Posted by Wordsmith on 17 September, 2010 at 12:04 pm. 26 comments already!


Cpl. Michael Klipp, left, and Pfc. Brandon Ingram, 25, of Karoll, Ohio, right, load their weapons before heading out.
Max Becherer-Polaris

Andrew Lebovich’s The Legal War on Terror news brief:

In remarks last Friday President Barack Obama conceded that his failure to close the prison at Guantánamo Bay was a “rare unfulfilled campaign promise” (Miami Herald).

Obama also promised to end the war in Iraq within 16 months of being put in office. I recall a liberal friend in 2008 who told me “Obama is going to end the war in Iraq.” (President Obama didn’t “end” the war in Iraq; he’s merely riding on the coattail conditions and decisions set under his predecessor)

It’s now mid-September, and although “Mission Accomplished” has been declared, we still have 50,000 troops in harm’s way. As Thomas Ricks wrote after President Obama’s August 31st speech to the American people,

he was fulfilling a campaign pledge to get all combat troops out of Iraq by today. Unfortunately, it was a phony pledge — the mission of the U.S. troops still in Iraq is, if anything, more dangerous today than it was yesterday. And so the core of the speech was hollow.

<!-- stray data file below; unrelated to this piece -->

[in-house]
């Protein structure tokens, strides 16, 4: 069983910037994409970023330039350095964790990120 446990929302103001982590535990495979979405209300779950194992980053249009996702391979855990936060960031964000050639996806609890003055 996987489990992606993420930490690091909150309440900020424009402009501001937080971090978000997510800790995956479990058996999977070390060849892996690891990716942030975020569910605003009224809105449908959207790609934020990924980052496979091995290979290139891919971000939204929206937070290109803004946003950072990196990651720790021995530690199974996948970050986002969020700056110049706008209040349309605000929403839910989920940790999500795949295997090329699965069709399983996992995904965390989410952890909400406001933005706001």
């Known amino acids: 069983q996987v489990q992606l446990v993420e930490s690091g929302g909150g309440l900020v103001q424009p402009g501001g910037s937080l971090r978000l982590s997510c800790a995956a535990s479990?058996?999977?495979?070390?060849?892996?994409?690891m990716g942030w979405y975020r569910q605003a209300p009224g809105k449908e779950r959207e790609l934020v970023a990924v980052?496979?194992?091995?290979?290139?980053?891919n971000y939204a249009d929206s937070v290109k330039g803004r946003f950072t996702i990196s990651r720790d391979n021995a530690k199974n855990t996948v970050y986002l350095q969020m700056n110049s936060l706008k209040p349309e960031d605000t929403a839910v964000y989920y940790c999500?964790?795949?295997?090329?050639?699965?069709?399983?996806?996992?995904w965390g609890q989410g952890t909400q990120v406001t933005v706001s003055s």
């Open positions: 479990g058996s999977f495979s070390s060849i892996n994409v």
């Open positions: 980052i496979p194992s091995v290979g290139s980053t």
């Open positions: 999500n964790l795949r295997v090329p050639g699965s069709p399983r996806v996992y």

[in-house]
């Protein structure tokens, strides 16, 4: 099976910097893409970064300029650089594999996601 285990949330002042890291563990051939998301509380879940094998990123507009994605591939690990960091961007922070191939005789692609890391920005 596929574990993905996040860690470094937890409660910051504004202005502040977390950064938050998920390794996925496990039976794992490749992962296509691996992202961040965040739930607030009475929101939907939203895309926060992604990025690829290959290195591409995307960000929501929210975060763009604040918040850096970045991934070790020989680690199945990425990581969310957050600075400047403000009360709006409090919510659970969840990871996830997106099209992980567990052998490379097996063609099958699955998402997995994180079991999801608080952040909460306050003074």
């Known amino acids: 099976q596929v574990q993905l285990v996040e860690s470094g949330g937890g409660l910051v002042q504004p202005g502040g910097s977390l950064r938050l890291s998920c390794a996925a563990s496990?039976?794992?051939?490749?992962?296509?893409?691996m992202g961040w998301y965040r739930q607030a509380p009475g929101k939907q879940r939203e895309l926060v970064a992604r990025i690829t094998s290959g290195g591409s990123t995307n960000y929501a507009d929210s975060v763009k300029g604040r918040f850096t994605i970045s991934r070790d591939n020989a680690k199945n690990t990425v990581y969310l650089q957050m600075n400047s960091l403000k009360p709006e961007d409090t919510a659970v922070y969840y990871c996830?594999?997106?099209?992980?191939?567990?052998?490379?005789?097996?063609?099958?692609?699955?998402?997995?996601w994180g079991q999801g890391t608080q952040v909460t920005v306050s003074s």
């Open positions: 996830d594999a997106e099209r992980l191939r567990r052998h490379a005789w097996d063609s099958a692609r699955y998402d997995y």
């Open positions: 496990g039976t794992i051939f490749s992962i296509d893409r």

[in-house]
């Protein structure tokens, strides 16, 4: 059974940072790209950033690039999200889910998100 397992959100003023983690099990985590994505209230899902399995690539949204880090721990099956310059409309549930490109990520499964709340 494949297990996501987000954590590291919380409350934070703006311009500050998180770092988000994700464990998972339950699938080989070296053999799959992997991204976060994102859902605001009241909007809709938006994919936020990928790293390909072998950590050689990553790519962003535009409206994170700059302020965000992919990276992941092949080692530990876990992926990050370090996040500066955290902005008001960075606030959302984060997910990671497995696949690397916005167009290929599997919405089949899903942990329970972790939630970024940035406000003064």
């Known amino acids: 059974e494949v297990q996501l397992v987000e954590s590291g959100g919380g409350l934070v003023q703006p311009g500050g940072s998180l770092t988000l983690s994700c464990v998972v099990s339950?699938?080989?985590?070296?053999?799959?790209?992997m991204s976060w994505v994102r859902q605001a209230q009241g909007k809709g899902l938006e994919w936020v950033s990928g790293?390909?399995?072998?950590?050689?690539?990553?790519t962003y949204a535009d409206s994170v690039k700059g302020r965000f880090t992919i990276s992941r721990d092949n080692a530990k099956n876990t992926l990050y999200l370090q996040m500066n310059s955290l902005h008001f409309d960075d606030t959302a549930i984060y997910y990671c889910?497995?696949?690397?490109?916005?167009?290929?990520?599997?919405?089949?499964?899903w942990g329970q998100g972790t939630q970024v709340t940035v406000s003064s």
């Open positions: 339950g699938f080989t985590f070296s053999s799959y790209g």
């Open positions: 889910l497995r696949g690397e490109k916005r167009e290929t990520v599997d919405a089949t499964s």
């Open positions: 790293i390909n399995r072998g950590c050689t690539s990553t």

And of course, a number of those leaving/diverted from Iraq are still in theater, in Afghanistan.

Col. Andrew Berdy:

Can you explain to me how, or why, the myth of “all combat troops out of Iraq” is allowed to be perpetuated by the press, much less our senior military leadership? Yes, the mission has changed. But units like my son’s Stryker Brigade (not the one that just left!) are, and always will be, combat infantry units.

This is fiction pure and simple. I just don’t get how the nation has swallowed this and why members of the media are not reporting facts the way they are rather than the political PR message the Administration wants portrayed. Does anyone not think that the likelihood of continued combat operations is a reality? When casualties are taken by these “non-combat forces” will those casualties be characterized as “non-combat” as well? Does the public not understand that the secondary mission of our remaining forces is to be prepared to conduct combat operations either to defend themselves or to support Iraqi forces if requested? And when these train and assist “non-combat” units have to engage in, dare I say, combat operations, what will the Administration say then?

I can tell you, as a former brigade commander responsible for securing and helping to rebuild Port-au-Prince, Haiti, while we went in prepared for battle, and quickly transitioned to peacekeeping/nation building, there was never a moment that my infantry brigade was not prepared to conduct combat operations (which did occur late in the deployment) and there was never a moment when we were anything but a combat force. I suspect if you ask those troopers on the ground now they would agree with me and take incredible umbrage with what is being trumpeted on TV and in the press.

Randy, 12 days ago:

This came from a friend who has a son in Iraq. Think there was another political spin on the troop withdrawl from Iraq?